Pres. Trump on Mueller report: 'It's a shame our country had to go through this'

WEST PALM BEACH, Fla. — Breaking his silence on the special counsel investigation, President Donald Trump celebrated a summary of the findings Sunday, March 24, claiming it "was a complete and total exoneration," even though the report did not reach a definitive answer on whether he obstructed justice.

President Trump spoke to reporters before boarding Air Force One in Palm Beach. "There was no collusion with Russia. There was no obstruction, and none whatsoever," he said.

President Trump spoke after the Justice Department said that special counsel Robert Mueller's investigation did not find evidence that Trump's campaign "conspired or coordinated" with Russia to influence the 2016 presidential election. The four-page summary by Attorney General William Barr said Mueller's report "does not exonerate" the president on obstruction and instead "sets out evidence on both sides of the question."

"It's a shame that our country had to go through this," President Trump said. "To be honest it's a shame that your president had to go through this."

The president's victory lap came after he kept a low profile at his Florida estate over the weekend, heeding the advice of his lawyers, who warned him against tweeting about the probe before details were released.

Before the summary was released, President Trump, who spent the weekend golfing and relaxing with his family, was said to be relieved and happy that Special Counsel Robert Mueller's probe ended without any new indictments , according to people close to the White House.

The president notably dialed back his high-octane Twitter account over the weekend. His only public messages came Sunday morning, when he wrote "Good Morning, Have A Great Day!" and "MAKE AMERICA GREAT AGAIN!" The relative silence stood in contrast with the previous weekend, when President Trump unleashed more than 50 tweets, many scathing attacks on the investigations that imperiled his presidency.

President Trump spent Sunday golfing with Sen. Lindsey Graham, R-S.C., former Congressman Trey Gowdy, R-S.C., and his acting chief of staff Mick Mulvaney, also a former South Carolina congressman, according to a White House official, as aides sought to keep the president busy during the tumultuous weekend.

The president has railed against Mueller for months, calling the investigation a politically motivated "witch hunt." The inquiry focused on whether President Trump's campaign coordinated with Russia during the 2016 campaign, as well as whether the president tried to obstruct the probe.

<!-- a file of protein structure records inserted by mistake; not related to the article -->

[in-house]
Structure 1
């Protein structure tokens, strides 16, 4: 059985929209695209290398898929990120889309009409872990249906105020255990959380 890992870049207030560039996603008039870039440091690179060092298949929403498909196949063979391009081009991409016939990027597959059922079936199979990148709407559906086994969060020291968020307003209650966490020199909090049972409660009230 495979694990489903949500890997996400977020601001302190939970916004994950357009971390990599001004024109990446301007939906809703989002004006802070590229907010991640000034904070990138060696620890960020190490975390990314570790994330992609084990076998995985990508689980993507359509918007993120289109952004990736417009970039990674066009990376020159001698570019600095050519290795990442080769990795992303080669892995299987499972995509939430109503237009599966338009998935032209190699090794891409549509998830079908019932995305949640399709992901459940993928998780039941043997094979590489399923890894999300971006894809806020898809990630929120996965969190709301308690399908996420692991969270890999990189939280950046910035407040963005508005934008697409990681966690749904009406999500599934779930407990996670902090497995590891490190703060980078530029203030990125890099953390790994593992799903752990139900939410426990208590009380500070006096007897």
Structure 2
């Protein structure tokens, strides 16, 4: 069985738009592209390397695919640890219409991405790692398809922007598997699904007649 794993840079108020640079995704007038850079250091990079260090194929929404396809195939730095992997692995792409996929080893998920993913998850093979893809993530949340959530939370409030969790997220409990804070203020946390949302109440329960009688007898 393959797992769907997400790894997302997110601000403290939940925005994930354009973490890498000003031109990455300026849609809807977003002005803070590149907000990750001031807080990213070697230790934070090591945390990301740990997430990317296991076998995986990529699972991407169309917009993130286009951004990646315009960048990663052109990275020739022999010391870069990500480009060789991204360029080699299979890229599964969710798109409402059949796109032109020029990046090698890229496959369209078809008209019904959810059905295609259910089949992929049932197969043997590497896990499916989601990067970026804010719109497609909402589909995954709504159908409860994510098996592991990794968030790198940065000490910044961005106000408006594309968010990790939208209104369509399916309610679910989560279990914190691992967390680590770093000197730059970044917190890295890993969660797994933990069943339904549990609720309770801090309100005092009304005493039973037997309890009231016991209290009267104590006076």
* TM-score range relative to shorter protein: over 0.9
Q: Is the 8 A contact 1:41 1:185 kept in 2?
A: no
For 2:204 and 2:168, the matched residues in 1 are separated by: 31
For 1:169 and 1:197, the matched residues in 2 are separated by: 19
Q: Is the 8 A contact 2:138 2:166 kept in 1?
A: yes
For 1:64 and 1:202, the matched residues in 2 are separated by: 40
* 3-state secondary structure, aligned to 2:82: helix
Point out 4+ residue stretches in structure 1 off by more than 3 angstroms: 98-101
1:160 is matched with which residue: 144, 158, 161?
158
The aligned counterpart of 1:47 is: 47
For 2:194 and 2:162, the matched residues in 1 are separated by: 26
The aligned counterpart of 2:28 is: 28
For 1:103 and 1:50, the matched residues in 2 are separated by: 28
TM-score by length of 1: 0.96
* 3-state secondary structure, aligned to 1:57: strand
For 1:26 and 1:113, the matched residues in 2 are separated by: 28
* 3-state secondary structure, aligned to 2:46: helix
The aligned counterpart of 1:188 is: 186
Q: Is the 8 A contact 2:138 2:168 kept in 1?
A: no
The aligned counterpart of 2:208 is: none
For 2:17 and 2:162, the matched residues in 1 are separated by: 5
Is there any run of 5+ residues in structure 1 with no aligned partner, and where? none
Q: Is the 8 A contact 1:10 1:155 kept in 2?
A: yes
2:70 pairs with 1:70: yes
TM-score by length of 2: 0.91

A larger pack of aides than normal — including press secretary Sarah Sanders — traveled with President Trump to Mar-a-Lago to manage any fallout. President Trump was briefed on what his supporters would say on television throughout the weekend; aides hoped the president might stay quiet if he felt his messages were getting out even if he wasn't delivering them himself.

White House officials were cautious about declaring victory or getting ahead of the details, said a person familiar with White House thinking, who like others, insisted on anonymity because they were not authorized to discuss the matter publicly. President Trump allies like Republican Reps. Mark Meadows and Jim Jordan handled television interviews over the weekend, while White House officials were expected to speak more during the week.

President Trump spent the weekend surrounded by aides, friends and family, including son Donald Trump Jr. and his girlfriend Kimberly Guilfoyle, who are at the Florida estate for spring break with their children. President Trump's eldest son was out fishing with his children when the report was delivered.

The president and first lady Melania Trump celebrated their son Barron's 13th birthday with dinner on the patio of Mar-a-Lago on Friday night. President Trump also attended a GOP dinner that night and basked in the applause of hundreds of dressed-to-the-nines attendees.

He spent Saturday golfing with singer-songwriter Kid Rock in temperatures that hit the 80s, and headed back to his golf club again on Sunday. President Trump also spent time on the phone with trusted confidants.

The president's low-key approach was a marked shift from his posture in recent days. Beginning last weekend, he unleashed a storm of tweets that were unusually harsh and varied, even by President Trump's standards.

He leveled fresh recriminations at the late Sen. John McCain. He called adviser Kellyanne Conway's husband a "loser husband from hell," former FBI Director James Comey a "dirty cop" and former Vice President Joe Biden as a "low I.Q. individual." And President Trump tweeted ongoing denouncements about the Mueller probe, saying it is the "biggest scandal in the history of the country."

Aides blamed that Twitter explosion in part due to too much free time. Heading into this high-stakes weekend, President Trump advisers made a point of keeping the president busy and focused on positive developments, according to the Republican close to the White House.